The Risk Assessment Enhancement Process at the Federal Deposit Insurance Corporation

The Risk Assessment Enhancement Process at the Federal Deposit Insurance Corporation

Rania Mousa (University of Evansville, USA)
DOI: 10.4018/978-1-7998-3473-1.ch031
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Abstract

Supervisory banking institutions are often daunted by the volume and complexity of the data received on a regular basis from filer banks. Chief technology officers and data strategists face challenges as they strive to implement a technology that could facilitate the data collection and processing to produce secure, timely and reliable information for decision making purpose. Technology selection might be a concern for adopting government agencies, but the methodology of developing and implementing technologies could present a bigger challenge. This is due to the fact that government agencies may not adapt easily to new technologies in a timely fashion or accommodate further developments to their current systems while operating under strict budget. To strengthen its bank supervisory role and develop its bank examination applications, the FDIC decided to adopt The Rational Unified Process System Methodology, known as the RUP®. The chapter examines how the FDIC followed the RUP® to develop an existing bank examination tool application to support its risk assessment process.
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Background

Organizations can select from a variety of software development methodologies. A software development methodology defines the process, documentation and techniques that could support the system developers to create and implement a new information technology system (Avison & Fitzgerald, 2006). One of the most notable methodologies in software implementation and development is the Rational Unified Process (RUP®). RUP is an agile process framework that has been created by Phillippe, Kruchten, Ivar Jacobsen and others at Rational Corporation and used in many software implementation projects (Jacobson, I. Christenson, M., Jonsson, P. & Overgaard, G., 1990; Kroll & Kruchten, 2003). The agility component of RUP® framework provides a detailed description of the process requirements which are needed for an agile methodology, often characteristics by its adaptive, straightforward, incremental, and cooperative features (Callahan, 2006). In addition, it is a software engineering process framework that could be used as a best practice for supporting software development projects. The structured approach of RUP® allows system developers to assign tasks and create milestones for deliverables based on predicable schedule and budget (IBM, 2006).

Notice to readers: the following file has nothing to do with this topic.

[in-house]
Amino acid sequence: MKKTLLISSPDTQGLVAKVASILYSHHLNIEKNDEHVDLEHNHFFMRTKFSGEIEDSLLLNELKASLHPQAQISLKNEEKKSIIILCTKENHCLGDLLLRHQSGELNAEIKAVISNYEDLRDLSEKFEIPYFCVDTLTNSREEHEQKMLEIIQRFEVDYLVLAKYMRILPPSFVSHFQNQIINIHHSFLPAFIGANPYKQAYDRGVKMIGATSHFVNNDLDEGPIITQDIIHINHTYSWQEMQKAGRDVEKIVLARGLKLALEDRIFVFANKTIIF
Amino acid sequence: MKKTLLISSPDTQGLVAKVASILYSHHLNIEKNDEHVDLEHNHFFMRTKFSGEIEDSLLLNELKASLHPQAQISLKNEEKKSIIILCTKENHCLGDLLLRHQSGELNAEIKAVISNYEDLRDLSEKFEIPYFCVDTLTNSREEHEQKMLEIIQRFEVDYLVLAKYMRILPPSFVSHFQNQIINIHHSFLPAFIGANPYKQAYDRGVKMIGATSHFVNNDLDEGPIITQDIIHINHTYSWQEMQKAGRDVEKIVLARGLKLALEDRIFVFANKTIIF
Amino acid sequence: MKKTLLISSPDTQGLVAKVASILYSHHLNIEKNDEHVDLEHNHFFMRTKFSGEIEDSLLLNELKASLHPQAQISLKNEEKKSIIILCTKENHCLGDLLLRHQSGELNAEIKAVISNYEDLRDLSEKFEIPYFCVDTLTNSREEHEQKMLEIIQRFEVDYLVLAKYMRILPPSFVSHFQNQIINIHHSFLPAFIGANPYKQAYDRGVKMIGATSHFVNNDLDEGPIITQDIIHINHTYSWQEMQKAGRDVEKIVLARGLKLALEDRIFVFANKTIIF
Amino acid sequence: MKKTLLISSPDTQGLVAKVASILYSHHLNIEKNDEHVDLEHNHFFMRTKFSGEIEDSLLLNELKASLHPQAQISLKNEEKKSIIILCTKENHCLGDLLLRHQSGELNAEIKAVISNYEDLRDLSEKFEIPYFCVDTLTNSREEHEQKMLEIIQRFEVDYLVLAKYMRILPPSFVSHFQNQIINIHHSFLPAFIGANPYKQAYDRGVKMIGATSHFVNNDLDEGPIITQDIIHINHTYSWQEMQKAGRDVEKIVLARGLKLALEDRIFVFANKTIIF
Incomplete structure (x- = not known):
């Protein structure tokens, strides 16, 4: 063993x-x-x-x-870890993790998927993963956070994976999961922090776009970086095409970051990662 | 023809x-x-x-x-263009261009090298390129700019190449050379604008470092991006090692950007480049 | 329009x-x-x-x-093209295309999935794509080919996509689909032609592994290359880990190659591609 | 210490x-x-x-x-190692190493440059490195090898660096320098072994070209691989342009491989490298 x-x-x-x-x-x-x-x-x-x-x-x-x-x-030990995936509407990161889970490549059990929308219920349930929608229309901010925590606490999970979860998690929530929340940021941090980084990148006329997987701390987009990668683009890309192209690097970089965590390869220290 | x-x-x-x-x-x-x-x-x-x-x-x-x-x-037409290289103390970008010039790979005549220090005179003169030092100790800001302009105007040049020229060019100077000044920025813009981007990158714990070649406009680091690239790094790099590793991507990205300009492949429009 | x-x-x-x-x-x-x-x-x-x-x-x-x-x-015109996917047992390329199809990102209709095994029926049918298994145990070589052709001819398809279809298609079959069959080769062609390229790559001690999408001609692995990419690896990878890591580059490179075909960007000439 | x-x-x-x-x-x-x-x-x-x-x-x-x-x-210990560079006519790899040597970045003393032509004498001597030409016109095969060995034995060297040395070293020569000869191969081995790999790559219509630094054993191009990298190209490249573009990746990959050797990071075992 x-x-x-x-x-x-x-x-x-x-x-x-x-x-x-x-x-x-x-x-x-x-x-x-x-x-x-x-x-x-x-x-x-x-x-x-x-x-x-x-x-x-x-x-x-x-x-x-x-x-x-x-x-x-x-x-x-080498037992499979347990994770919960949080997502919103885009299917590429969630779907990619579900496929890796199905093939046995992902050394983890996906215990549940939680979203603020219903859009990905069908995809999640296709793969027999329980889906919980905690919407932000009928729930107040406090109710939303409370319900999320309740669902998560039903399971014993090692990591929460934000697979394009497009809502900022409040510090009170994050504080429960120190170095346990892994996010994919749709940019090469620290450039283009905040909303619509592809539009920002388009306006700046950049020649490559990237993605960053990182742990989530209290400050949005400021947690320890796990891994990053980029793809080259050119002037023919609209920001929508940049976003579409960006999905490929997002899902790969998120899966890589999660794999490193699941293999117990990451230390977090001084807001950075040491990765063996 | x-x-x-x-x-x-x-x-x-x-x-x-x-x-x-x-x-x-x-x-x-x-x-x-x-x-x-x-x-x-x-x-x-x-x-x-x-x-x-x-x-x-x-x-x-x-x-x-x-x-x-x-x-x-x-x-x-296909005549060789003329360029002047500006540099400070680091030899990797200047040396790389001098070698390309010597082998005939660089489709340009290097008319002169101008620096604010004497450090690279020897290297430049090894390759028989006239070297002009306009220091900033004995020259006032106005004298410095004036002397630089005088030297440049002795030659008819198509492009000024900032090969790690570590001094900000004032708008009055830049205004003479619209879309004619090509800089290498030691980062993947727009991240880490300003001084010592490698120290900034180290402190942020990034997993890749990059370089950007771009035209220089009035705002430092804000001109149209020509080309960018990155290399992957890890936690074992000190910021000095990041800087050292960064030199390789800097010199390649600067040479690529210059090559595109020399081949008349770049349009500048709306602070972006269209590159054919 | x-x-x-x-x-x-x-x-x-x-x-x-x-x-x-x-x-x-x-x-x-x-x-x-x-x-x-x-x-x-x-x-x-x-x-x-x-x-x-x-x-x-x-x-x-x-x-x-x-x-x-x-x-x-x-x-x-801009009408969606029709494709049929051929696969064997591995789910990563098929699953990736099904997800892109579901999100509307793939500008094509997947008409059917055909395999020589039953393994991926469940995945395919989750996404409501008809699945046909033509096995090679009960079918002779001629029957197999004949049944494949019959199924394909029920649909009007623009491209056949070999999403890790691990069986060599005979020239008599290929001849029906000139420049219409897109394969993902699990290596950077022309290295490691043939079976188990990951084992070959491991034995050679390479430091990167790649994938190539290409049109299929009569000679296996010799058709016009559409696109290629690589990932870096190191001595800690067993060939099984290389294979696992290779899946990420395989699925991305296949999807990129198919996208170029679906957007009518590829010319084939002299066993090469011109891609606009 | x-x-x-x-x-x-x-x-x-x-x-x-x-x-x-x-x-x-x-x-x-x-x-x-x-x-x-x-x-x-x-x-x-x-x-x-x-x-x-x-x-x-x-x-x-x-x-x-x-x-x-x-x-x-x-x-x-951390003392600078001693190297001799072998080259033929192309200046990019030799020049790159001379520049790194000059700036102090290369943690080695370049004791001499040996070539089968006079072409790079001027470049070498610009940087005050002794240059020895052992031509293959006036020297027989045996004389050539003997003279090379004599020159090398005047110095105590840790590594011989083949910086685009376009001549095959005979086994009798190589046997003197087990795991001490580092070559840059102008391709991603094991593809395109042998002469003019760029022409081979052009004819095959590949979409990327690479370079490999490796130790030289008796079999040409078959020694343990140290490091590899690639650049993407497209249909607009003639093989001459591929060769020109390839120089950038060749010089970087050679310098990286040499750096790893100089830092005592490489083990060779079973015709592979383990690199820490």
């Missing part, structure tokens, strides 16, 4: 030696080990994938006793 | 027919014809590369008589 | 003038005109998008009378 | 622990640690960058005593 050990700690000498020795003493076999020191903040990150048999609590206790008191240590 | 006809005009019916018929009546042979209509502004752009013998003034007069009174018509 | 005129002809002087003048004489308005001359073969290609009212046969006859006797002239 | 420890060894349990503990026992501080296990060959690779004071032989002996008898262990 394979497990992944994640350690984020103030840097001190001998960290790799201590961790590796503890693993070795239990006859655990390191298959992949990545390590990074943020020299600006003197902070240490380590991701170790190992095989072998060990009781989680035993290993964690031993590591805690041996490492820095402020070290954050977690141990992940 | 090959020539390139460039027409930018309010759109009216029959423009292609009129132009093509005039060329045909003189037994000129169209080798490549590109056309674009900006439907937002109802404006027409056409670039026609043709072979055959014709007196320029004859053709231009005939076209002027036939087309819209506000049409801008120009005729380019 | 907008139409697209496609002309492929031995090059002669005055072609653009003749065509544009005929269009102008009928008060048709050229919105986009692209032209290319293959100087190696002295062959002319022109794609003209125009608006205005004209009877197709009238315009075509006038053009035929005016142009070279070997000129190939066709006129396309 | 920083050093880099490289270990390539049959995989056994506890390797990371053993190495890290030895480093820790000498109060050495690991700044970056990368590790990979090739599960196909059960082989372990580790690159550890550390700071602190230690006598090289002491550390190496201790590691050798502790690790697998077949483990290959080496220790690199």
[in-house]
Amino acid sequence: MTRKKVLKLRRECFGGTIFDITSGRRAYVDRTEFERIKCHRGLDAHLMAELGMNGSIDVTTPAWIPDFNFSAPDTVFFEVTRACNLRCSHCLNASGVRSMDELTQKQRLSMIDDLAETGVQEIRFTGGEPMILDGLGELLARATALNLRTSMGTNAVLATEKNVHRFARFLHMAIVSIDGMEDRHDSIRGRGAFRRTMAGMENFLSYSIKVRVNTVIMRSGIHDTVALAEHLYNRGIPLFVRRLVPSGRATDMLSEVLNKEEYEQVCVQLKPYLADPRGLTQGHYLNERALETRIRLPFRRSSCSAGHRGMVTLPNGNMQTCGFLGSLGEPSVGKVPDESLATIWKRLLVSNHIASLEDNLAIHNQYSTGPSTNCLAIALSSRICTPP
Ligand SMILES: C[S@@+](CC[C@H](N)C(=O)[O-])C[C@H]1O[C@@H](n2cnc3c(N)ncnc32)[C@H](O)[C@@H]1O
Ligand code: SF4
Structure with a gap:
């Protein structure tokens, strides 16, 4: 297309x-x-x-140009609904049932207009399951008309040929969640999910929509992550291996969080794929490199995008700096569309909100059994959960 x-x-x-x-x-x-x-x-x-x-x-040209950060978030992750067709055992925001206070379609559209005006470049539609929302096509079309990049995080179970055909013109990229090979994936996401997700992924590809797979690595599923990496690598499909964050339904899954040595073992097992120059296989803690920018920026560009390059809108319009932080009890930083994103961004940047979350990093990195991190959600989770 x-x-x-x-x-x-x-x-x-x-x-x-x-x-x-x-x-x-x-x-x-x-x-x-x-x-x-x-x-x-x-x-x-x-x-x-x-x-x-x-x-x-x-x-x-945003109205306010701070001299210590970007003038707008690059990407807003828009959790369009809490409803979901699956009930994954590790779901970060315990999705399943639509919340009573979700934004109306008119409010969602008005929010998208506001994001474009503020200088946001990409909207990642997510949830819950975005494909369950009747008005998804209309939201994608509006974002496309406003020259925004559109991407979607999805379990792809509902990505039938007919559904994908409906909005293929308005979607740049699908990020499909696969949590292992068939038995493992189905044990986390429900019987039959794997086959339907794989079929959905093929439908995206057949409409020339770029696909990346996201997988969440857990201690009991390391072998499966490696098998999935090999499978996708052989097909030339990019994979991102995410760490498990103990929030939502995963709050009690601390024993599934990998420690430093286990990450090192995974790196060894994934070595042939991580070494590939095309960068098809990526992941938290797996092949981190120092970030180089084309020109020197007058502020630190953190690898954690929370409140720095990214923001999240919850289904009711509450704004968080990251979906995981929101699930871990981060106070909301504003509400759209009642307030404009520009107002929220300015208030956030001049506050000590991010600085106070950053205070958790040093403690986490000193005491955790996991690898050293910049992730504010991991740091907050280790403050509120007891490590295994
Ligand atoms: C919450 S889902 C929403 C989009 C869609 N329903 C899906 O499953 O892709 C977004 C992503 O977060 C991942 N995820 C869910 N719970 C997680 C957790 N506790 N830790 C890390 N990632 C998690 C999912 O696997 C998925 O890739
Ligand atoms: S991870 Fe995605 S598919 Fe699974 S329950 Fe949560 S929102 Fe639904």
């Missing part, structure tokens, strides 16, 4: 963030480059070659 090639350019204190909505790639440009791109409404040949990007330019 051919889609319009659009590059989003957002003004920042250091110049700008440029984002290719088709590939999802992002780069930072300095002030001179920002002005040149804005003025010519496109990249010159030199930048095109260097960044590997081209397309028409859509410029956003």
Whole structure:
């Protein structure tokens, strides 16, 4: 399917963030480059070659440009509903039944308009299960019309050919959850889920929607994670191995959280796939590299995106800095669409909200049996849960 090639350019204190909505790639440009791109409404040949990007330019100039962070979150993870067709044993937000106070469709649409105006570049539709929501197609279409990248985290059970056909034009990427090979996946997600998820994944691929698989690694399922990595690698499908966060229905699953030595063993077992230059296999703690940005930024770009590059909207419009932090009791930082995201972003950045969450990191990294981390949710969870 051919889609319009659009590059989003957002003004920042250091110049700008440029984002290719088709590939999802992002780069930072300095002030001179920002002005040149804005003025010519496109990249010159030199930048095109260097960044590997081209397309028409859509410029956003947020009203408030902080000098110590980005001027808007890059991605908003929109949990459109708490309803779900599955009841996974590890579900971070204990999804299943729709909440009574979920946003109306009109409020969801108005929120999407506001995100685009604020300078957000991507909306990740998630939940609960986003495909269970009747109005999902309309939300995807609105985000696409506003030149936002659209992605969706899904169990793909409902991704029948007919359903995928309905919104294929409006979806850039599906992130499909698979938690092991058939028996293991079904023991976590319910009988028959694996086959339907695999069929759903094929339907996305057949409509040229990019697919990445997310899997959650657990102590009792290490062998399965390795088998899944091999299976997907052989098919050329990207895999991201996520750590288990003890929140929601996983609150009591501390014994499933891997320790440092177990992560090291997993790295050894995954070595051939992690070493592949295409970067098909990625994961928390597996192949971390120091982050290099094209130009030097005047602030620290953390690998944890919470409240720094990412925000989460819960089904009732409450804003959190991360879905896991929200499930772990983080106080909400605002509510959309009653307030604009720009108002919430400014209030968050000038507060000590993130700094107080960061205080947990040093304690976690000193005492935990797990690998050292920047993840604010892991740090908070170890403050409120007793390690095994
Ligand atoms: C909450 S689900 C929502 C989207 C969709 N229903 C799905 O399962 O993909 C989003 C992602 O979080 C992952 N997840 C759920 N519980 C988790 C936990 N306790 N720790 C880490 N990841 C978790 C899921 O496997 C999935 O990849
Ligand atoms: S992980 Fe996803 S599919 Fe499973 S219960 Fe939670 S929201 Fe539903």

Key Terms in this Chapter

Agile: A group of software development methods based on iterative and incremental development, where requirements and solutions are created through collaboration of cross-functional teams.

Federal Financial Institutions Examination Council (FFIEC): It is a formal inter-agency government body that create principles, standards and report forms for the federal examination of financial institutions by the Board of Governors of the Federal Reserve System, the Federal Deposit Insurance Corporation, the National Credit Union Administration, the Office of the Comptroller of the Currency and the Consumer Financial Protection Bureau.

Federal Deposit Insurance Corporation (FDIC): It is an independent government agency of the U.S. government that protects customer’s deposits in insured banks and depository institutions.

Stakeholder: A representative group of people and organizations that share a common interest in the organization. In the FDIC context, stakeholders include clients, employees, vendors, banks, and regulators.

Rational Unified Process (RUP): A comprehensive and standard process framework that provides best practices for software implementation and development to support project management.

Examination Tool Suite (ETS): It is a primary examination tool used by the FDIC’s Division of Risk Management Supervision to produce the FDIC’s Report of Examination.

System Development Life Cycle (SDLC): A comprehensive iterative methodology that drives the implementation of new systems through planning, requirement analysis, designing, building, implementing, testing and maintenance.

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